°C % set hrs. % set hrs. % set hrs.

27 100 100 100

Frequency of Pierce PMVET Thermal Comfort Index -1 to 1, % of set hours Frequency mode, annual Schedule: 8 - 20 hrs., fit bounds PMVET distribution mirrors energy use and temperature mapping

MR.COMFY FEATUREs + DEsIGN COGNITION

p. 9 | Animation, Multi-Timestep Mapping •  Annual vis. bounds combined with slider animation to create e..g monthly multi-metric maps with individual calculation modes (here average radiant temperature + nested daylight frequencies)

Avrg. Zone Radiant Temperature Illuminance 300 - 2000 lux (large dots) Illuminance > 2000 lux (small dots)

14 0 0

°C % set hrs. % set hrs.

31 100 100

Zone Radiant Temperature, Illuminance Frequencies (daylit vs. overlit), °C / % set. hrs., Average / frequency mode, monthly, schedule 8 - 20 hrs., annual (global) bounds

Jan

Feb

Mar

Apr

May

Jun

Jul

Aug

Sept

Oct

Nov

Dec

MR.COMFY FEATUREs + DEsIGN COGNITION

p. 10 | Grasshopper Component Interface •  All time, calculation and output modes directly exposed
-- Makes

interface “heavy”, but eases component instantiation of “analogous” input sliders for Grasshopper animation

-- Exposure -- Only

custom bounds selector interpolates from hourly input

•  On-screen display also shows numeric values by default •  Contrast colors or color vs. monochrome for best results

ACADEMIC CAsE sTUDIEs DIsCOVERY + OPTIMIZATION

p. 11 | Performance Visualization of Student Designs •  Mapping + optimization class to test tool principles
-- Check

if advanced visualization improves optimization work how simulation data interpretation is impacted

-- Discover

•  Re-optimize students’ existing, energy-conscious designs
-- Visualize -- Find

performance data behaviour in a variety of climates cognitive with actual performance picture

previously hard to spot errors in (large) simulation models

-- Compare

•  Gather data through design observation, user survey
-- Implement -- Observe

new features, improved interaction design, bug fixes

design/optimization process impacts caused by tool

Background/Opposite: Student Sophie Barker presents Mapping Case Study of Waratah Bay House, Winter 2013/2014, TU Berlin, Germany

ACADEMIC CAsE sTUDIEs DIsCOVERY + OPTIMIZATION

p. 12 | Waratah Bay House Analysis, Sophie Barker •  Built structure; compare sim. to subjective assessements •  Site: Waratah Bay, Australia (Köppen Cfb, temp. oceanic) •  Map seasonal (un)conditioned building performance
-- First

“live” tool use ever in a non-test space scenario

•  Natural ventilation vs. infiltration only comparisons
-- If

nat. vent, summer air temperatures within acceptable limits temperature as (over)simplified comfort index, for test purposes

-- Air

(No nat. vent., unconditioned, ed. Note)

(w/nat. vent., unconditioned, ed. Note)

ACADEMIC CAsE sTUDIEs DIsCOVERY + OPTIMIZATION

p. 13 | Waratah Bay House Analysis, Sophie Barker •  Temporal/spatial split bedroom vs. living room block
-- Combination -- Peak

(Unconditioned, ed. Note)

of schedules, seasonal range calibrates analysis

display shows predicted heating wattage needs

•  Seasonal display shows winter heating need
-- Air

temperatures towards uncomfortable range with live observations, experiences per zone

-- Corresponds

ACADEMIC CAsE sTUDIEs DIsCOVERY + OPTIMIZATION

p. 14 | ROBUST Studio Design Reoptimization Design: Christopher Sitzler, Laura de Pedro •  Mixed-use office + exhibition spaces, 50 zones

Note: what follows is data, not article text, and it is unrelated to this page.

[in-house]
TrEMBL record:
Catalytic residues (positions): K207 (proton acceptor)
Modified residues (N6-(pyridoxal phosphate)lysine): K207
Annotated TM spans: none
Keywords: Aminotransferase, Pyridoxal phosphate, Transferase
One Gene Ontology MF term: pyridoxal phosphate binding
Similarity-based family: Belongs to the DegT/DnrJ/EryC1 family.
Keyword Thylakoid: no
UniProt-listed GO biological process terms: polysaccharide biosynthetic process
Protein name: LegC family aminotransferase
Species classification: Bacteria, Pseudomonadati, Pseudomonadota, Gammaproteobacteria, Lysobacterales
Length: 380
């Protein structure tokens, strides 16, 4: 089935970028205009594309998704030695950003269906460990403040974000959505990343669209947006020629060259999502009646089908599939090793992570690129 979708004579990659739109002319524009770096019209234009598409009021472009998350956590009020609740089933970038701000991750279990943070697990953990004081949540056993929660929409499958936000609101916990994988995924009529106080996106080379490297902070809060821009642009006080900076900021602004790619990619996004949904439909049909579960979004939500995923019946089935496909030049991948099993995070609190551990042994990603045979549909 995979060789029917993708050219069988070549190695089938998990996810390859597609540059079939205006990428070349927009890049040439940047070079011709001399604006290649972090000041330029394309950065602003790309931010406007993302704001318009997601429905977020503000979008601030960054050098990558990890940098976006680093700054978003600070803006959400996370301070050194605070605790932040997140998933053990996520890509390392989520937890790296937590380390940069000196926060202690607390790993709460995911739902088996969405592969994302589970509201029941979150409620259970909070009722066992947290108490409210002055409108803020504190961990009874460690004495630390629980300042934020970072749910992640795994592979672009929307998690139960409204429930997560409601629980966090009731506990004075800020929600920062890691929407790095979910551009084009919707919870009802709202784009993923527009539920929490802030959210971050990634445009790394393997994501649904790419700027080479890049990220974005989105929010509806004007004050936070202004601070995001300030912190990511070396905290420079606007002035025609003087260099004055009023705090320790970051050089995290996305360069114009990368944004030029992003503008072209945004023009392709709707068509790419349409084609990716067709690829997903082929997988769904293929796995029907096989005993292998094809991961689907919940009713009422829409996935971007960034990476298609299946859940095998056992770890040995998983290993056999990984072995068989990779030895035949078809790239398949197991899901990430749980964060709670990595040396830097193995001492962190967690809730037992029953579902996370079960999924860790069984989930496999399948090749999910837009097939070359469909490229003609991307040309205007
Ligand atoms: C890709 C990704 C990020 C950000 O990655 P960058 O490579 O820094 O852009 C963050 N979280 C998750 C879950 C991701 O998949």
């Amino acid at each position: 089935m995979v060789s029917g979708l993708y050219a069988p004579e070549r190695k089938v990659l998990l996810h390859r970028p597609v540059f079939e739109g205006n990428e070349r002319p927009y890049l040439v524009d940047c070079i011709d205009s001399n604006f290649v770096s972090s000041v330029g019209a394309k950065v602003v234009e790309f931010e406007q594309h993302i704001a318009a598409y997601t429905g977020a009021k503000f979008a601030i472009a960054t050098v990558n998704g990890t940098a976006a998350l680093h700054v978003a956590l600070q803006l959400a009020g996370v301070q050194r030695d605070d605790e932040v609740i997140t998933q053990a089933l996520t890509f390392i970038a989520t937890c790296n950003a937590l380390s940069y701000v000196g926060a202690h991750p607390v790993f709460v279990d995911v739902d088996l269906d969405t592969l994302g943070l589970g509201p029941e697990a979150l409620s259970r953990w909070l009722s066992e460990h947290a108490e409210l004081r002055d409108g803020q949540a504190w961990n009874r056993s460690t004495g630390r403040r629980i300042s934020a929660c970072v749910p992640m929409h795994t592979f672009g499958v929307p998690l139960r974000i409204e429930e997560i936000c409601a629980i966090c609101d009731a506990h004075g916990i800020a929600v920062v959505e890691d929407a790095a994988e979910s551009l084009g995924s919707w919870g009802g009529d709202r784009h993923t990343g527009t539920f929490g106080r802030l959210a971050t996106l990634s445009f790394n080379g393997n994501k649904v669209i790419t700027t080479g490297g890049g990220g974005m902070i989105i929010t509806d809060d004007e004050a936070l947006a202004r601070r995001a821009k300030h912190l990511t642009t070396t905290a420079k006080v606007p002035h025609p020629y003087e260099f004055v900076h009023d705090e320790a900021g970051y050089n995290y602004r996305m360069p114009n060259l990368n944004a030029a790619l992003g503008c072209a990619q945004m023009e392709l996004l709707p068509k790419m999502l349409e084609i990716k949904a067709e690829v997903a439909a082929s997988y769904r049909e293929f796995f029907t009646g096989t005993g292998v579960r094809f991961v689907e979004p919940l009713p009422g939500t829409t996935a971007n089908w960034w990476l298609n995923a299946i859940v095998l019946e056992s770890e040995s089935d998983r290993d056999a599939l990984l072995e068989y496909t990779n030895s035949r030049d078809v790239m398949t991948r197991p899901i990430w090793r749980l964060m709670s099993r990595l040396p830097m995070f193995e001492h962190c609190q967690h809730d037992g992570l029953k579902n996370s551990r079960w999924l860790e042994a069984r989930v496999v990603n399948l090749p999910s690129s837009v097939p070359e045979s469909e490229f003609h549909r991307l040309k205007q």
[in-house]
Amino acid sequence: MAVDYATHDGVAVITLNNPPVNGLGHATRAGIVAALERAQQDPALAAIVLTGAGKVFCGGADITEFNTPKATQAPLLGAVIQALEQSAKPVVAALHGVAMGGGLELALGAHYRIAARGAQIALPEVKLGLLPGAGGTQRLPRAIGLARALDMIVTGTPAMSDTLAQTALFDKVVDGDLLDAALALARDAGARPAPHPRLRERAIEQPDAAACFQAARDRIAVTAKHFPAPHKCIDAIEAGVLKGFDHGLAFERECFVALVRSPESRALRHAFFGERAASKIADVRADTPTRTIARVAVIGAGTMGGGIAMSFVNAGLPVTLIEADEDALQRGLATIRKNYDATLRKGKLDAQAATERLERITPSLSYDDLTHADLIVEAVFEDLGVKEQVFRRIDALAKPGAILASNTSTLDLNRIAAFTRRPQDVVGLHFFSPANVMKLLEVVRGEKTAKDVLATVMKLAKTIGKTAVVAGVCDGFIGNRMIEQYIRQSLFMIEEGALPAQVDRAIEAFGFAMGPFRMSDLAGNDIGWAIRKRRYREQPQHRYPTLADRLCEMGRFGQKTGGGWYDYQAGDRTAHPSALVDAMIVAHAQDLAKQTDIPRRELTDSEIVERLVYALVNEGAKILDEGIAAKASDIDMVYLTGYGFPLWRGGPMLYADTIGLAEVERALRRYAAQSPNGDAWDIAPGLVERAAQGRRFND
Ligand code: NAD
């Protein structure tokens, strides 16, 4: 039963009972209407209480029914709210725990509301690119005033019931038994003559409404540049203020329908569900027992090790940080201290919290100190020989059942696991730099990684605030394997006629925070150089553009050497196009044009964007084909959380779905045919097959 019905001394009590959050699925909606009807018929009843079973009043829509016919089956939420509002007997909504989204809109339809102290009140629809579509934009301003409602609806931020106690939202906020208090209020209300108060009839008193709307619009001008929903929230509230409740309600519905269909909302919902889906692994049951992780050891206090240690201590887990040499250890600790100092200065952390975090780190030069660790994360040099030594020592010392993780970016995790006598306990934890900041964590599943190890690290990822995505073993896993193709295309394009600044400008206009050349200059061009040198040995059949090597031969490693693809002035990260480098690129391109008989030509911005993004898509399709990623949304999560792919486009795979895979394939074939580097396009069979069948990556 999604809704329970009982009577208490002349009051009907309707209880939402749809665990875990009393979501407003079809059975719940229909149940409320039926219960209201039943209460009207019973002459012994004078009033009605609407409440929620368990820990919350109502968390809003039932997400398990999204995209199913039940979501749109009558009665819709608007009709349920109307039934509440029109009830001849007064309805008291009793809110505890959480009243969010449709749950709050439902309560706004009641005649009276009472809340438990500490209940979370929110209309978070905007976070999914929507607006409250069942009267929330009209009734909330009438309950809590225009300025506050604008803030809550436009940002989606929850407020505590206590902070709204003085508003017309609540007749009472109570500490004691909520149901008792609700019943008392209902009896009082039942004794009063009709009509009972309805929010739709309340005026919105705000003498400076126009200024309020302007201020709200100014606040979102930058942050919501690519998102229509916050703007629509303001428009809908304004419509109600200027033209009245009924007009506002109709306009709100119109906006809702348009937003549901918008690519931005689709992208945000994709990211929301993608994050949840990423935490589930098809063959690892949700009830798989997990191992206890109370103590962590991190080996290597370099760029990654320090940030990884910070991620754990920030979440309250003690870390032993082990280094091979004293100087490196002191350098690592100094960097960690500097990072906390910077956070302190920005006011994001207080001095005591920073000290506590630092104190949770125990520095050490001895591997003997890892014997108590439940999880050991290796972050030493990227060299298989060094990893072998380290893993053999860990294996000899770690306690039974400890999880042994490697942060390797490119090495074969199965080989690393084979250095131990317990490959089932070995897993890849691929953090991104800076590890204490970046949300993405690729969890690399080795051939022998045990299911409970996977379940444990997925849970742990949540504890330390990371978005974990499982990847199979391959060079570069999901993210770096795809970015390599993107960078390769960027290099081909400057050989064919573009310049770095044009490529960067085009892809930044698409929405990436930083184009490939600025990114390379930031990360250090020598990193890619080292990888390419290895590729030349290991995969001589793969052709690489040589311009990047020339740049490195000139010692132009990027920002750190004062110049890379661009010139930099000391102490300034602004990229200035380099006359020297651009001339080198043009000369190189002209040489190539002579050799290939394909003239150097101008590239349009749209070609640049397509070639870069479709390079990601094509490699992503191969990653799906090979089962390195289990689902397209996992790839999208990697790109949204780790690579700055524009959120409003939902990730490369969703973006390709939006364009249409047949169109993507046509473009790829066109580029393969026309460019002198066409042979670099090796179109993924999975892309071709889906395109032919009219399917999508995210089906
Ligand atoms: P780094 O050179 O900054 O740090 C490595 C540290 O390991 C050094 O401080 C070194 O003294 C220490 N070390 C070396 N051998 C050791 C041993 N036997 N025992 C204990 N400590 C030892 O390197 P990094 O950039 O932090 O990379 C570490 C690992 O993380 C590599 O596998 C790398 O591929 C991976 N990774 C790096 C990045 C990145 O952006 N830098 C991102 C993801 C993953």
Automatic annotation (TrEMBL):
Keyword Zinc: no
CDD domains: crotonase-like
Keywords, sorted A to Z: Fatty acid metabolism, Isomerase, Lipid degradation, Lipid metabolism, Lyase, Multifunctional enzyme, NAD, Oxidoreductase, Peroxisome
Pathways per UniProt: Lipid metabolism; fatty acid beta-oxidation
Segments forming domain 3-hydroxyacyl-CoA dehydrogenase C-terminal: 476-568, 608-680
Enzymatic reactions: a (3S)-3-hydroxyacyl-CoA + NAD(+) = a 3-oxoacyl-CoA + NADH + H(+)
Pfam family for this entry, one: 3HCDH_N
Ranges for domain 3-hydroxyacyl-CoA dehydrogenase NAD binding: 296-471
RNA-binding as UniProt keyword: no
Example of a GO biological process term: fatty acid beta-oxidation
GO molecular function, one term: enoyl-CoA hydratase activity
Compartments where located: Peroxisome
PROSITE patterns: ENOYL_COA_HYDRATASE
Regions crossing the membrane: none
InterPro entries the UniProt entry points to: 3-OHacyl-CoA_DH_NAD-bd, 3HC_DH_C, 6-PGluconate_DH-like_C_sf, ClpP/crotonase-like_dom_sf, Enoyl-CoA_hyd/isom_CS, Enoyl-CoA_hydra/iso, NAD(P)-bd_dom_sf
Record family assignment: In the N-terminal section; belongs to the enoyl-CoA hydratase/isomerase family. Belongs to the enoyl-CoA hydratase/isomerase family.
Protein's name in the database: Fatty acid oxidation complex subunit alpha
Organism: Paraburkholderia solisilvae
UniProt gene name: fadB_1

-- Created -- Already
Section East-West 1:200

in simulation-integrated (light, thermal) studio highly energy and daylight-conscious design concrete envelope study

04 Research, Administration 03 MultiPurpose 02 Exhibition 01 Exhibition 00 Events
04

-- Infra-lightweight

•  Site: Downtown Berlin, Germany
-- Köppen -- Heavily

03

climate classification: Dfb, continental

overshadowed lot, especially in winter

•  Re-analyze & optimize building in mapping class
UDI 100 - 2000 Lux D. Availability 500 Lux Daylight studies for alternating contrast situations

02

100% occ. hrs. 0% 01

HEAT GENERATION [kWh/m2]

Cross Sections

Intended interior daylight volumetrics (greyscale) vs. simulation results
114 113 112 111 110 109 108 107 106 10 20 30 40

NORTH

SOUTH

50

60

OPENINGS [%] 114 113 112 NORTH

17 16 SOUTH

SOUTH

111 110 109 108 107 106

Lateral Section

10

20

30

40

50

60

Window to wall ratio effect on heating energy use studies
15 14 13 12 11 10

HEAT GENERATION [kWh/m2]

00
NORTH

Chiller [kWh/m2]

10

20

30

40

Climate: Berlin, Germany
50 60

N

OPENINGS [%]

OPENINGS [%]

17 16 15

SOUTH

ACADEMIC CAsE sTUDIEs DIsCOVERY + OPTIMIZATION

p. 15 | ROBUST Studio Design Reoptimization Design: Christopher Sitzler, Laura de Pedro •  Highest energy use on top floor (heat, cool)
-- East/west-facing -- High

plate glass overdimensioned

thermal exposure due to discontinuous spaces was tested, spaces still performed badly display made problem hard to ignore

-- Shading -- In-model

•  Summer PMV (Pierce) slightly uncomfortable
-- Would

probably be much worse than indicated

•  Spaces heavily overlit, esp. in summer •  Design changes performed, based on map:
-- Merge -- Orient

top floor into one continuous space glazing south, shielded by balconies north-facing glazing U-value

-- Improve

•  Large heating, cooling energy use reduction
-- Comfort

improved, with a still slightly warm trend

•  Summer daylight utilization improved

Opposite: Top Floor Multi-Metric Performance Map; Next page: Annual Total Heating Energy Maps, All Floors; ‘ROBUST’ Studio Design. Graphics: Author

ACADEMIC CAsE sTUDIEs DIsCOVERY + OPTIMIZATION

p. 16 | ROBUST Studio Design Reoptimization Design: Christopher Sitzler, Laura de Pedro •  Further improvement of heating energy use:
-- Reduce -- Add

ground floor lobby glazing area north window area, improve U-Values

unconditioned lobby buffer space

-- Reduce

•  Changes in U-Values read linearly •  Geometry mods have largest visible effect •  Compound changes become readable
-- Are